The Road Transport Forum has sent a warning about the higher risks on roads – and to New Zealand truck drivers in particular – and the danger of higher insurance premiums if cannabis is legalised in New Zealand.
Nick Leggett who is the CEO of the Road Transport Forum
has written in transporttalk that the Road Transport Forum “believes the Bill, as drafted, gives no consideration to the principle of safety – on the road and in the workplace. We all share the roads – that’s pedestrians, cyclists, car and truck drivers – and everyone wants their loved ones to come home from work each day.”
Leggett writes “Already the number of people being killed by drug impaired drivers on New Zealand roads is higher than those killed by drivers above the legal alcohol limit. There have been years and years of media campaigns to stop people drinking and driving, but still they do it. So, what is planned to educate people on taking drugs and driving? Higher risk on the roads automatically means higher insurance premiums across the board – insurance is risk priced and you pay on probability. When households and businesses are already managing tight finances, they shouldn’t be surprised by expenses that should be made clear up front.”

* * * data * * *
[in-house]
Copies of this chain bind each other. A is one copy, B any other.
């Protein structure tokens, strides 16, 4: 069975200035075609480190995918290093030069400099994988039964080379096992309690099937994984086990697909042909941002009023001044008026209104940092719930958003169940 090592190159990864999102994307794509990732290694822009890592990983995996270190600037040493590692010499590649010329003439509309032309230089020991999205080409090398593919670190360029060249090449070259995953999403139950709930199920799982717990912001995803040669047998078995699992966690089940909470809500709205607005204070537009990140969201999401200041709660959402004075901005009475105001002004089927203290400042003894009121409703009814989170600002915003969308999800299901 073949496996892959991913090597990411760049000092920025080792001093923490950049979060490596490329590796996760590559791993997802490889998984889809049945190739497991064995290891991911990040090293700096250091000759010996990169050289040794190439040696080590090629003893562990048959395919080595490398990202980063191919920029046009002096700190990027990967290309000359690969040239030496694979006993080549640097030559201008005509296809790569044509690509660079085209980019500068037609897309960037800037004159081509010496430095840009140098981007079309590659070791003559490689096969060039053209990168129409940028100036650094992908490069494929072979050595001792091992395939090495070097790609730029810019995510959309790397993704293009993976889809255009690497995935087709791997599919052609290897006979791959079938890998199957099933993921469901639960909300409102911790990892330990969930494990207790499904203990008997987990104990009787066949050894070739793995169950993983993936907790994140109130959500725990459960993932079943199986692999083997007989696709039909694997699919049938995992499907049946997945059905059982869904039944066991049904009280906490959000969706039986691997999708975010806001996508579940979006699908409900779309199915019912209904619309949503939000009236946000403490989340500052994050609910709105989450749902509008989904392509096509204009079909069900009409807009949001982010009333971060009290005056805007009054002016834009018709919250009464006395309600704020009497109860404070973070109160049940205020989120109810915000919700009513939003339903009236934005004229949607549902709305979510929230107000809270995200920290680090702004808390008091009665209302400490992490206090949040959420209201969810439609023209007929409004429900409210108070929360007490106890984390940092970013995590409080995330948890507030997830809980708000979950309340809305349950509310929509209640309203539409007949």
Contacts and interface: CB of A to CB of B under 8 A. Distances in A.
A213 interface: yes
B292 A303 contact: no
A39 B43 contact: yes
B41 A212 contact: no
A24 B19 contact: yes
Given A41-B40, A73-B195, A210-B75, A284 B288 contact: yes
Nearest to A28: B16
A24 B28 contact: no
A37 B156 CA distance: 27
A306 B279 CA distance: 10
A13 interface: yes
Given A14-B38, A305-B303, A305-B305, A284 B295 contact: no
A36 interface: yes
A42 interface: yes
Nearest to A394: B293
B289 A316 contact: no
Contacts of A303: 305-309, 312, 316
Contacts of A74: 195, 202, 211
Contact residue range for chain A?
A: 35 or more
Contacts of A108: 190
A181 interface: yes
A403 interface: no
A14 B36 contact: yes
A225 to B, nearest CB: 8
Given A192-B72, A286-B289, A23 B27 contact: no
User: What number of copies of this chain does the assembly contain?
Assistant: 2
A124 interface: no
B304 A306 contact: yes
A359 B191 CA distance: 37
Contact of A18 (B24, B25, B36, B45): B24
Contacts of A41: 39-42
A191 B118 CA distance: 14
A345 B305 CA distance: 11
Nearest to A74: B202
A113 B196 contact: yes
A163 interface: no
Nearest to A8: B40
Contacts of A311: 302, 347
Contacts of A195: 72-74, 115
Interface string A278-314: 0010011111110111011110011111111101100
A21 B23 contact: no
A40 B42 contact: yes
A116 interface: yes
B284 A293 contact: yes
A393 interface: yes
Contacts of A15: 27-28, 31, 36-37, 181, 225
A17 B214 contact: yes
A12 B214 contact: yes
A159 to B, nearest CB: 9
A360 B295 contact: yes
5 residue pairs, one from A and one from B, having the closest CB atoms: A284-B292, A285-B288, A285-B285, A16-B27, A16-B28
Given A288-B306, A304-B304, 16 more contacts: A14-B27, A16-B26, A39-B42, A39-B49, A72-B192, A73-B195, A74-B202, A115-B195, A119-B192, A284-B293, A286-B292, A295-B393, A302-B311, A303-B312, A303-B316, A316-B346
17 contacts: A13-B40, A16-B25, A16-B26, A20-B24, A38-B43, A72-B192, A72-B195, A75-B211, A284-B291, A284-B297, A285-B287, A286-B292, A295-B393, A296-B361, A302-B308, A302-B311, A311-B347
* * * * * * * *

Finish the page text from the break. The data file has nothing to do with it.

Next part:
SayNopeToDope campaign spokesperson Aaron Ironside says “The Road Transport Forum is right to be concerned. The rights of people to be safe on the road outweighs the right to smoke cannabis. If a person has THC in their system, we don’t want them on the road endangering other drivers and families. Since recreational marijuana was legalised in Colorado, marijuana-related traffic deaths increased 151%, and doubled in Washington state. A quarter of Canadians aged 18-34 have driven after consuming cannabis or have been a passenger with someone who has, and a Colorado survey in 2018 found 69% of marijuana users have driven under the influence in the past year, and 27% admitted to driving high almost daily. A New Zealand study found that habitual users of marijuana have about 10 times the risk of car crash injury or death compared to infrequent or non-users.”
Leggett concludes his article with the statement “We don’t want New Zealand’s truck drivers, who are just going about their work delivering all New Zealanders the goods they need, to be the casualty of poorly thought out laws.”